Bologna (Rosso?)

Trip Start Aug 08, 2011
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Flag of Italy  , Emilia-Romagna,
Sunday, September 18, 2011

“This place is not really Red Bologna like it was,” said Fabrizio mournfully. “There are more and more fascists here now.”

Fabrizio, a born-and-bred Bolognese, had seen Bologna change dramatically over the course of his 30-something years there. The elegant, seemingly unending rows of arches lining virtually every city centre street, and the delicate baroque frontages of the city’s numerous palazzi suggest that Bologna should be a contender to become another Verona or Venice, brimming with brash tourists, over-priced food and souvenir shops. However, this beauty is surprisingly well-hidden from the major Italian tourist trails. Such understated ease on the eye also belies a
city which was a stronghold of anti-Mussolini resistance guerrillas – 14,000 in all – and a tradition of radical politics that far surpassed the USSR-controlled Italian Communist Party in both richness and popularity.
Road names give clues to its past: Via Antonio Gramsci, Via Marx, Via Rosa Luxemburg. A vast collage of photographs off the main square commemorates the 2,000 anti-fascist partisans who perished in the struggle to liberate the city, many of whom were various shades of anarchists and anti-Soviet communists. An unassuming plaque elsewhere commemorates the Bolognese who slipped out of Mussolini’s Italy to fight Franco’s forces in Spain. Public spaces, if one looks hard enough, are left with traces of the city’s impressive track record.Beyond these official commemorations, however, there is a powerful sense that Bologna has undergone a transformation to a high-tech industrial centre which has changed the economy and culture of the place. Transnational companies have set up here to form vast clusters of industrial plants and offices on the city’s periphery, bringing new money and new social and cultural dynamics.

Even the Bolognese dialect, which was until recently very strong among the city’s inhabitants, is in decline, as the global connections that have been forged demand a greater standardisation of language. Flora, Helen’s second cousin, who works at one of the industrial complexes, gestures towards an Italian-Bolognese dictionary. “I have this, but I don’t use it very often. It’s really only the older generations who still speak Bolognese.” She reflects on her previous sentence, and clarifies: “It’s a shame, really.”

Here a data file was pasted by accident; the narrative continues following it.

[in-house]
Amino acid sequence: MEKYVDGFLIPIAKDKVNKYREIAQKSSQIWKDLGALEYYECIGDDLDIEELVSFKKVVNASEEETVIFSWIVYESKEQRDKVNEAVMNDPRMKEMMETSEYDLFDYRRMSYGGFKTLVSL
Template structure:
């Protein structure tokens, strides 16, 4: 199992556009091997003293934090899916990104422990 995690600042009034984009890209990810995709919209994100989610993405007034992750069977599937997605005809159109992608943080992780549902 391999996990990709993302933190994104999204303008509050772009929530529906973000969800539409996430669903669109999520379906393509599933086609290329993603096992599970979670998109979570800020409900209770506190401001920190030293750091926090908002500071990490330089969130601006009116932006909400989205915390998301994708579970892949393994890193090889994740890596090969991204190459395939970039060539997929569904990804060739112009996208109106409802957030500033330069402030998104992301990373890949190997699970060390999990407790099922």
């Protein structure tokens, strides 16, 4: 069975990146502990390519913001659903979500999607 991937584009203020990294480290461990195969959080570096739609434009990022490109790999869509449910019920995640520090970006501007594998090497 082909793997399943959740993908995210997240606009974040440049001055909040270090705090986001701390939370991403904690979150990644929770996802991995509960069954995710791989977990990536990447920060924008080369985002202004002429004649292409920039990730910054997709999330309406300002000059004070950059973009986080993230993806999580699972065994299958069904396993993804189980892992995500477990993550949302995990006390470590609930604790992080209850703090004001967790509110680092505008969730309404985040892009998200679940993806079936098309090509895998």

In our travels so far, Flora is a life-line to family and British culture. Although we have barely travelled a few hundred miles so far, Italy feels quite alien in a number of ways – especially the little everyday things we take for granted such as the correct way to wash up or the order in which to eat different foods. Despite this, the transitions that she is connected to are ones similar to changes that have taken place back home, and it is possible to find parallels between these economic changes and ones in places like Leeds or London Docklands.

Our hotel is itself at the centre of an industrial area. Such is the life of a traveller, a budget hotel is sometimes cheaper than a youth hostel – the bastion of budget travel. As a relatively undeveloped industrial area, Pianoro is surrounded by grey cuboid factories and office blocks, contrasted with a backdrop of wooded hills on either side. The hotel is typically shabby – complete with faded floral carpets and browning net curtains – but seemingly well-used. An Eastern European tour bus arrives at the same time as us; among the throng, stern-looking 40-something women scour the lobby for their teenage offspring while they wait impatiently for the hotel’s one small lift to chug back to the ground floor.

After finally making our way through this sea of bodies with our €2.50 take-away pizzas, we cracked open a bottle of Domaine Carret wine, thrust insistently into our hands by Vincent the previous evening, and watched the film Airplane on the laptop. This confluence of cultures – amidst a background hum of Eastern European coach tourists seeking out their rooms and high-tech manufacturing firms based just outside our window – is perhaps not such a strange mix after all. The city they called Bologna Rosso has been somehow reinvented by the carving-out of a particular identity that is increasingly entwined with a range of transnational networks of capital.

Pondering this fact over an incredible ice cream from the quintessentially Bolognese (and constantly packed) Sorbetteria ice cream shop in the old city, this reinvention seems a long way away. However, a group of stylish, alternative-looking Bolognese in their late teens exit the shop deep in conversation and it is hard to imagine them as part of the 1940s left-wing resistance. It seems on the surface that the reinvention of Bologna is complete, and the relics of past radicalisms are now simply historical documents. Leaving the Autostazione for our next farm, we pass by a distinguished old Neoclassical building marking a major intersection. On closer inspection, this building is emblazoned with an anarchist red and black flag. Perhaps this transition is not so complete after all.
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